Copyright

Illinois Real Estate Disclosures: Laws & Rules

Instructor: Kyle Aken

Kyle is a journalist and marketer that has taught writing to a number of different children and adults after graduating from college with a degree in Journalism. He has a passion for not just the written word, but for finding the universal truths of the world.

This lesson explains the various regulations for disclosure of real estate transactions in the state of Illinois. Most of these disclosure laws apply to agents, while some apply to buyers and sellers of real estate property.

Distinctions and Disclosures

When it comes to buying and selling real estate in the state of Illinois, there is certain information that must be disclosed to the various parties involved. This disclosure is required by law and can come along with a great deal of paperwork for the real estate agent or broker.

Agency Disclosure

Agency disclosure is required under the Real Estate License Act of 2000. Many of the disclosures required under this Act are the same for both residential and commercial property. The major changes in disclosure come along with property management, which often involves leases for tenants who are renting rather than buying.

Types of Disclosure

The most common type of disclosure under the Real Estate License Act of 2000 is agency disclosure. This type of disclosure if required at the start of any work with a client (be it a person or entity) and discloses the designated agent who will be working on behalf of that client. When working with a buyer of property, notice of agency is required in either of the following three forms:

  • Buyer's Representation Agreement
  • Terms and Conditions of Buyer's Representation
  • Simple notice of agency to the purchaser's client

Disclosure Forms

This notice of agency is required for residential, commercial, leasehold, and rental brokerage scenarios. With leases, notice of agency can be delivered through a Property Management Agreement or with a Listing for Rent Agreement with the property owner. The bottom line for agency disclosure is that any time you are working with a client, be it an individual or entity, agent disclosure must be given at the start of the work.

Some situations require a notice of no agency as opposed to the agency disclosure. This can be when the agent is working directly with potential tenants for a lease agreement or if the agent is looking to show a property that is for sale by owner to their buying client. This notice should be given to parties that the agent has contact with but is not representing. Similar to this is a notice of ministerial acts. This method is not often used but may be used in cases like the one listed above when the agent has a buyer client and will be working with a seller who is not using representation. This can also occur in other situations in which the agent will be assisting a non-client in pre-contractual matters.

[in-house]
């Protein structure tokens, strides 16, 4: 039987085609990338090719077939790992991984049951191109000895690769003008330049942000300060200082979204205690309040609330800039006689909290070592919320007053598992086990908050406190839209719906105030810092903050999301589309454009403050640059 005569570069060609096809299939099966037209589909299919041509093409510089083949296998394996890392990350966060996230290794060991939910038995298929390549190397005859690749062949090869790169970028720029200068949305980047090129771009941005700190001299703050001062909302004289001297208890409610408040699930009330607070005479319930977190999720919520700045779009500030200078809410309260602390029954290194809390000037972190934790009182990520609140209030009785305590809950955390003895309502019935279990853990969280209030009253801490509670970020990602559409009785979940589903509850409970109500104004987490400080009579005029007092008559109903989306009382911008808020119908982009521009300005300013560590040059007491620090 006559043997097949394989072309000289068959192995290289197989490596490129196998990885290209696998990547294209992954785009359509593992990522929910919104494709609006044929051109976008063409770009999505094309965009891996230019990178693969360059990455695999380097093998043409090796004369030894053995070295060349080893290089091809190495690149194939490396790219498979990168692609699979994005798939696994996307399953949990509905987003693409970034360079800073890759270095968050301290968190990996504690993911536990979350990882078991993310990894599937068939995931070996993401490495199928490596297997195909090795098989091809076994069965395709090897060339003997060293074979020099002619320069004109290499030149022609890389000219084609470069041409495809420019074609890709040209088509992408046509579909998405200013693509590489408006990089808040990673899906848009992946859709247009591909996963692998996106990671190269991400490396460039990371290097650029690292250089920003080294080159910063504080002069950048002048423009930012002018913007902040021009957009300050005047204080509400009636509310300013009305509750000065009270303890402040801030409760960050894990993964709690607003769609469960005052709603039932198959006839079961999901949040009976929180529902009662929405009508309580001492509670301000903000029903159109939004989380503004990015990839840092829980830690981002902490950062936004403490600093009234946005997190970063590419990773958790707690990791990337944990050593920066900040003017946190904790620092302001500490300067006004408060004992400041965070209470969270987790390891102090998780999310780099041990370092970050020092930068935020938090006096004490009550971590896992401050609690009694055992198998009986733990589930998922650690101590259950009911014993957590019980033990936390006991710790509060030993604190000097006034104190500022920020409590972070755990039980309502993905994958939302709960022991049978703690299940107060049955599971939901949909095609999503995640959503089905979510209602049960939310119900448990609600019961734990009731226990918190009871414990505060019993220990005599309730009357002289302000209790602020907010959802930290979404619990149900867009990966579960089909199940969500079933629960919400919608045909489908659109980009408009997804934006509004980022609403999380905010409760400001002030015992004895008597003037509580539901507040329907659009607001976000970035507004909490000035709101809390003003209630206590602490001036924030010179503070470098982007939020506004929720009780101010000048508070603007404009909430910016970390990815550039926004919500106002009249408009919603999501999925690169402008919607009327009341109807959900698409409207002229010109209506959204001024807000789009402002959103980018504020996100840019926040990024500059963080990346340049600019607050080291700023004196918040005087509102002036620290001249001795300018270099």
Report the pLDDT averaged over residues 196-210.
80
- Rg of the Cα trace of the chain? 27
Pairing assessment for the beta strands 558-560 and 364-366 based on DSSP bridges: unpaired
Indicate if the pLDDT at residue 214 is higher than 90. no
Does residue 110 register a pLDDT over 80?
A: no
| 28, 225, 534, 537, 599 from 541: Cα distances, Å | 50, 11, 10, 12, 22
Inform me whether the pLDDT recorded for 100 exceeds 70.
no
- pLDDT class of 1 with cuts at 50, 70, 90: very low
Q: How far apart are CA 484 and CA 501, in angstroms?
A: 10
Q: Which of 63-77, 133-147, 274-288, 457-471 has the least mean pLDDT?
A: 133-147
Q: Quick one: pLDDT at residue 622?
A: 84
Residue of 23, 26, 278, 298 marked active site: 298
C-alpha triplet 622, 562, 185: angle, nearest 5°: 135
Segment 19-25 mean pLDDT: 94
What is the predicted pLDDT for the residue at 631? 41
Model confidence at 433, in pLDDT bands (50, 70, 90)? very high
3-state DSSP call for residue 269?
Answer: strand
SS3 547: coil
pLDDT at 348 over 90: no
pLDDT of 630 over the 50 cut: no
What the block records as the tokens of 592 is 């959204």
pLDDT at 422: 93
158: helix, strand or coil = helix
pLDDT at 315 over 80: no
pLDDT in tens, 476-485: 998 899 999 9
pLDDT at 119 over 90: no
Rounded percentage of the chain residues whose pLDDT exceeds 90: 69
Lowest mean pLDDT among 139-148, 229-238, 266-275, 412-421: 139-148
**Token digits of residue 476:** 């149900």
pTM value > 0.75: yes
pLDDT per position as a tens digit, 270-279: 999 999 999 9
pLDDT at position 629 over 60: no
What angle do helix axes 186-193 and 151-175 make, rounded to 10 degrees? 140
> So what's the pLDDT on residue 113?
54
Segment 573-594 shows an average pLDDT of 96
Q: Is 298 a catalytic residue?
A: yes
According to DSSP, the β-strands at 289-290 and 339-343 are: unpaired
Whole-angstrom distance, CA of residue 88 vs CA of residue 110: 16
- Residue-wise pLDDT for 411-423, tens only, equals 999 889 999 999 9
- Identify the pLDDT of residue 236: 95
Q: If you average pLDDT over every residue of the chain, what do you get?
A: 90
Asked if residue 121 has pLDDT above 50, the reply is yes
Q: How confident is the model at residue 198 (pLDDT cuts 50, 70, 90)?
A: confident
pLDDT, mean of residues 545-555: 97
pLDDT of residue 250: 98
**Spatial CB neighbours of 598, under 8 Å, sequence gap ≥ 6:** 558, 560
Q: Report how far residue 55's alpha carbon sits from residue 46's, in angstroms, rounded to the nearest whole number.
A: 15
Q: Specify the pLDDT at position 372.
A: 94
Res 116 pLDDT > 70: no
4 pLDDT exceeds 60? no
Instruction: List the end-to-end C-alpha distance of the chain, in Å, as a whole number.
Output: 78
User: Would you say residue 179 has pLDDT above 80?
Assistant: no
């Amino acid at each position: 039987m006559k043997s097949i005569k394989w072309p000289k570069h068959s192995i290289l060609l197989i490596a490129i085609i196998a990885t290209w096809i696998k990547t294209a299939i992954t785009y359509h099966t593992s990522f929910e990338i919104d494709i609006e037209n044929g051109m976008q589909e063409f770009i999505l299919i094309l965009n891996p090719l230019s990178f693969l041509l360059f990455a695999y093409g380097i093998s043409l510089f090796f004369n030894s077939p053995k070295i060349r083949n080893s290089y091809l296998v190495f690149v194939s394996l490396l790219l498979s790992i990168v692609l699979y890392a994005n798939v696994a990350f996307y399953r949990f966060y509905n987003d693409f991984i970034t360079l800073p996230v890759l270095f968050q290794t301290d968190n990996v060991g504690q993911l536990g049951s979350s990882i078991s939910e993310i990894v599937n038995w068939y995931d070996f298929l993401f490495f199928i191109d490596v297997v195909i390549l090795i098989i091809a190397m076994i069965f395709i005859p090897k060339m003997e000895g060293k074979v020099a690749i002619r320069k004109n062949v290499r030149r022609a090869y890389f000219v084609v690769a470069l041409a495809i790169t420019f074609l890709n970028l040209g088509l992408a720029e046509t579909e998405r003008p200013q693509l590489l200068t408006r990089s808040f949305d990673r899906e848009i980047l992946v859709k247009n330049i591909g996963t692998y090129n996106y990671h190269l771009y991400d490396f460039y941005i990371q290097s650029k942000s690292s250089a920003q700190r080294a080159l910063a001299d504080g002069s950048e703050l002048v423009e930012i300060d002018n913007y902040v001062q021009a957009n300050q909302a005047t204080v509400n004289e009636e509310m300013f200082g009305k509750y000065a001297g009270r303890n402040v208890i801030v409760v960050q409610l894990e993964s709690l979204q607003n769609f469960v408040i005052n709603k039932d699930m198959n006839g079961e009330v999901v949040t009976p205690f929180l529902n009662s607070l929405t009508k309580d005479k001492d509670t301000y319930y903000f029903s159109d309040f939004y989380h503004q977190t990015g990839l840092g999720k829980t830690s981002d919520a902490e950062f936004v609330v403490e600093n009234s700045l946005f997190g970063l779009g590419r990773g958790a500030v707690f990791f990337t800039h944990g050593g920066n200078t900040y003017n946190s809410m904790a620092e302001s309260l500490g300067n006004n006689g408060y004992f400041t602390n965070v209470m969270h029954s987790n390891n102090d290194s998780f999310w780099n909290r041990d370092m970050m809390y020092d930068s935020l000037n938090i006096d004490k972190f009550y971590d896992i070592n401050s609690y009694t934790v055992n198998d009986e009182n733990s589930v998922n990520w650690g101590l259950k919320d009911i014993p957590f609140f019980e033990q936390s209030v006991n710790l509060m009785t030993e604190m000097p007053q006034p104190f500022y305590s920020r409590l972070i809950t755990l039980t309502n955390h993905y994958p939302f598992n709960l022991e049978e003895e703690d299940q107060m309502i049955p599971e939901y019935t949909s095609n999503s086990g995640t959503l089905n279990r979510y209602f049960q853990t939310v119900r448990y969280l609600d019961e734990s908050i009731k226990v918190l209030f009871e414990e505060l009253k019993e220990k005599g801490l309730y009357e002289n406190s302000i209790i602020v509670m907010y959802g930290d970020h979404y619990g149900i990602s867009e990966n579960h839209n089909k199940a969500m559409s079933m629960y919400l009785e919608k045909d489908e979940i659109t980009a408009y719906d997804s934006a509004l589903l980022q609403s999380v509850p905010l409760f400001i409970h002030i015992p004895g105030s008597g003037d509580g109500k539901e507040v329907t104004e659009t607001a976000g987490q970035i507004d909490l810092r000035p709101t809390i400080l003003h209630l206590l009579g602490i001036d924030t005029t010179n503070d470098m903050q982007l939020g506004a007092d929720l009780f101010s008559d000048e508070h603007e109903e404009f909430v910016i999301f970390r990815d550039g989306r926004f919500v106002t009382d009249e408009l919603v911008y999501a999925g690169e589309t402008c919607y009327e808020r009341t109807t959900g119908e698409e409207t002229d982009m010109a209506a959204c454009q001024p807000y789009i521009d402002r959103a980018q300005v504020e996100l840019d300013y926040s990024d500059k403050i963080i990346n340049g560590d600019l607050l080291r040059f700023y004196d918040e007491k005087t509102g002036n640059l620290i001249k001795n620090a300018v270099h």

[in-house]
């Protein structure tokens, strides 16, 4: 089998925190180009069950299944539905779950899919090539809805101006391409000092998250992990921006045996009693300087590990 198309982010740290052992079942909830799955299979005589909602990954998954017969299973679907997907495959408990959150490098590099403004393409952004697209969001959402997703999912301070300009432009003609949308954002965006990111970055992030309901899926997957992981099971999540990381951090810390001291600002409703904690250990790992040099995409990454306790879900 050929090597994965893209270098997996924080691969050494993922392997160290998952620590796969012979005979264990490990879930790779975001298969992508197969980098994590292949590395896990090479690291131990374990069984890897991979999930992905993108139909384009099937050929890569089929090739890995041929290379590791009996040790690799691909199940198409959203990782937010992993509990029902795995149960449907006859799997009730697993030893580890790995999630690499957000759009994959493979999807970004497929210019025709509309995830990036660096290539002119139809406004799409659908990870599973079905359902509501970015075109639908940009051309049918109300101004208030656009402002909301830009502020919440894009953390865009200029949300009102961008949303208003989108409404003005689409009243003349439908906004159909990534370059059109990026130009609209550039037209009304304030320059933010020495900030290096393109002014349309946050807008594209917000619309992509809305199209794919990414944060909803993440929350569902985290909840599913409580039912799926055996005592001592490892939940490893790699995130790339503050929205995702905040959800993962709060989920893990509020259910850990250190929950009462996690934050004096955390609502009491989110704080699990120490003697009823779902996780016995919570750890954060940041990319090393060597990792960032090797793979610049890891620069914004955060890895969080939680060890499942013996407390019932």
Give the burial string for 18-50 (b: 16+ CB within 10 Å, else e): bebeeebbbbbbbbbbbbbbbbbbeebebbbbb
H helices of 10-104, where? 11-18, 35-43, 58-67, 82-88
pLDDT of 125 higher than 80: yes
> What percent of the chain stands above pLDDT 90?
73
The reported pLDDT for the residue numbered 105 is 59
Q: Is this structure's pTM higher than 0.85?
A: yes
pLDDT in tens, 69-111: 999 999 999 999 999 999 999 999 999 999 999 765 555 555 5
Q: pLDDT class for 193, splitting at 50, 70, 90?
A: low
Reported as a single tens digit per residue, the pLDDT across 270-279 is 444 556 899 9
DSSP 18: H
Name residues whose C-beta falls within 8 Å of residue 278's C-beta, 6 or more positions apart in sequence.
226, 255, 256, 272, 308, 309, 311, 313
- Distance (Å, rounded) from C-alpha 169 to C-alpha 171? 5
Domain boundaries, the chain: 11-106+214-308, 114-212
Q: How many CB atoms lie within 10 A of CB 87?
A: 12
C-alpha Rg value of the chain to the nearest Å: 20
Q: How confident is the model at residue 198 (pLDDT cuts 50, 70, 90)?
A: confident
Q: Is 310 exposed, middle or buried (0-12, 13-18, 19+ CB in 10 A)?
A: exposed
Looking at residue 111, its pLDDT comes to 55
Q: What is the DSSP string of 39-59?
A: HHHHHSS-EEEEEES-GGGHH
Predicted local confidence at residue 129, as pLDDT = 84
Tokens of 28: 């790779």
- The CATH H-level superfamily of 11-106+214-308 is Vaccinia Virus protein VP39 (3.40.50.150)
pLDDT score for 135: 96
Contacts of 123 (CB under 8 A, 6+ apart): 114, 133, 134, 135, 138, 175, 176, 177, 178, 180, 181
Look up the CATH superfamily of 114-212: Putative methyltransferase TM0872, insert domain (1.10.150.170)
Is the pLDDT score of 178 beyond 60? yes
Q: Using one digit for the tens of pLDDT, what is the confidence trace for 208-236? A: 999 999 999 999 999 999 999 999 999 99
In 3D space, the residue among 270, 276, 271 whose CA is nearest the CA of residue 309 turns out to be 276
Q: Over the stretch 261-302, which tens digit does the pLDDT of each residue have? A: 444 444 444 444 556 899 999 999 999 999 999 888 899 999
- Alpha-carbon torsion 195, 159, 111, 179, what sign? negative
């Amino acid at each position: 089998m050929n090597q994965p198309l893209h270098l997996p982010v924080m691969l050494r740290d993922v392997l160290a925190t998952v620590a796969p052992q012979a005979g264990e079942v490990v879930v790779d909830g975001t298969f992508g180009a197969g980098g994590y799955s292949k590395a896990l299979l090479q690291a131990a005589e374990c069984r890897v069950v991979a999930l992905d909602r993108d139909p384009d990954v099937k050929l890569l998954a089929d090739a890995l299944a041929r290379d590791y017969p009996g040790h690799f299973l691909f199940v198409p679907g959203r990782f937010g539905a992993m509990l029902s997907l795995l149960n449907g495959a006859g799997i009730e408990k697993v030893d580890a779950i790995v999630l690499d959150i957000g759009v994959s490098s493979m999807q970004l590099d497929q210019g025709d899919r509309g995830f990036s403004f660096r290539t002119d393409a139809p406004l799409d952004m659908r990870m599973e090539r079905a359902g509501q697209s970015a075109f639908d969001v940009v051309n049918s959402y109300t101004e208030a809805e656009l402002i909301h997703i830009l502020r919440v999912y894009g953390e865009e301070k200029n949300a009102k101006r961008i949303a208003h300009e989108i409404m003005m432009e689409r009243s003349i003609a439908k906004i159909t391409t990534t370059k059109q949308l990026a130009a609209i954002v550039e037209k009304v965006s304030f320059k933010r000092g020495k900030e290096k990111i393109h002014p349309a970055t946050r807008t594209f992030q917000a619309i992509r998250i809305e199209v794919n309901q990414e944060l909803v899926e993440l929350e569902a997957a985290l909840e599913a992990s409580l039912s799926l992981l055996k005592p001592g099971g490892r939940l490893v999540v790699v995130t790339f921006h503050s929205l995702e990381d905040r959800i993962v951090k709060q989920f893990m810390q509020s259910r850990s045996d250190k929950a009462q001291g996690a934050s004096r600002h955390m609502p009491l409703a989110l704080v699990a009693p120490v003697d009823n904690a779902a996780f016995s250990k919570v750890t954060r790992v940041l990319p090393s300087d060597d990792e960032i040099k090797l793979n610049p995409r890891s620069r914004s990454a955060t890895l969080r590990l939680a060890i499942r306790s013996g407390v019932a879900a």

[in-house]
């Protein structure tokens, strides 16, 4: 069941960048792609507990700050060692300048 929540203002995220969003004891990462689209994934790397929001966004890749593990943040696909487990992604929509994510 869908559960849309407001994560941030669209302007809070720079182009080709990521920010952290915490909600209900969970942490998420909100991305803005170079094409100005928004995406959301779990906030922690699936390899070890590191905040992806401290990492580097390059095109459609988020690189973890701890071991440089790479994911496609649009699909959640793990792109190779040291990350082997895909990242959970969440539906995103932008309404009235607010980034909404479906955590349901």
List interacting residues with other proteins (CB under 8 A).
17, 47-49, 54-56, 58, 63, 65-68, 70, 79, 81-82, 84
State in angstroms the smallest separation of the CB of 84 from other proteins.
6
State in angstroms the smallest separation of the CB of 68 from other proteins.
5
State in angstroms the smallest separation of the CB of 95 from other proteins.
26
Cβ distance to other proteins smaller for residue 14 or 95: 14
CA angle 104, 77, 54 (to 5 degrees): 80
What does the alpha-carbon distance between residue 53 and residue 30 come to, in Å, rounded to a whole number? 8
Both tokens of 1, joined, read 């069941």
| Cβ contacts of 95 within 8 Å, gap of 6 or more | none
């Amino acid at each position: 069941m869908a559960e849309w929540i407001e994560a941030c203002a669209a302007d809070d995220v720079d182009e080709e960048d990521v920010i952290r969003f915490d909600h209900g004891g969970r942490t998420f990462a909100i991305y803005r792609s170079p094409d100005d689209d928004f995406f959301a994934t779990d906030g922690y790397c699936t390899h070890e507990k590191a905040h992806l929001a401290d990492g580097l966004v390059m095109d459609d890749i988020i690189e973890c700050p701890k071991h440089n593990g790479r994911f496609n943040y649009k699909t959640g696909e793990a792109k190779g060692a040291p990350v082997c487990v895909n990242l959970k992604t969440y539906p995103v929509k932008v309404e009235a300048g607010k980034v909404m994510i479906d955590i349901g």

Other Required Disclosures

Agents must also disclose the amount of compensation they will be receiving for any real estate transactions under the Code of Ethics. They must also disclose any additional compensation that may come from a third party during transactions with the client. Agents are also required to disclose any special interest in a transaction. This disclosure applies to both residential and commercial property transactions. Anything that is considered a 'latent material adverse fact' or a material defect regarding a property must also be disclosed to prospective buyers. It is very important for this disclosure to be put in writing as the buyer may be required to provide proof of this disclosure at a later date.

While many states have disclosure laws for property that has housed individuals with HIV/AIDS, Illinois has a clause in its Act that protects real estate licensees from failure to disclose the fact that a prior tenant was infected with HIV or AIDS. Under the Real Estate License Act, this is considered 'psychologically impacted property.' This clause covers incidences that involve diseases as well as crimes and deaths. If a property has been psychologically affected in one of these ways, it is referred to as stigmatized property.

Dual Agency Disclosure

Disclosure of Dual Agency must be made if there will be more than one client for the agent. This requires signed disclosure for a dual agency from both parties that the agent will be working for. This disclosure must occur before the agent acts on behalf of both or either party. This requirement is to ensure that both parties will be fully informed and recognize that the agent will be acting on behalf of both. Article 15 of the Real Estate License Act of 2000 provides the assumption that both parties have full and informed consent. This is important in case an event occurs in which there may be an undisclosed dual agency. If an agent is representing two buyers that are interested in the same property, then the agent must also disclose a dual agency to both buyers. This stipulation provides either client an opportunity to choose another agent if they would like.

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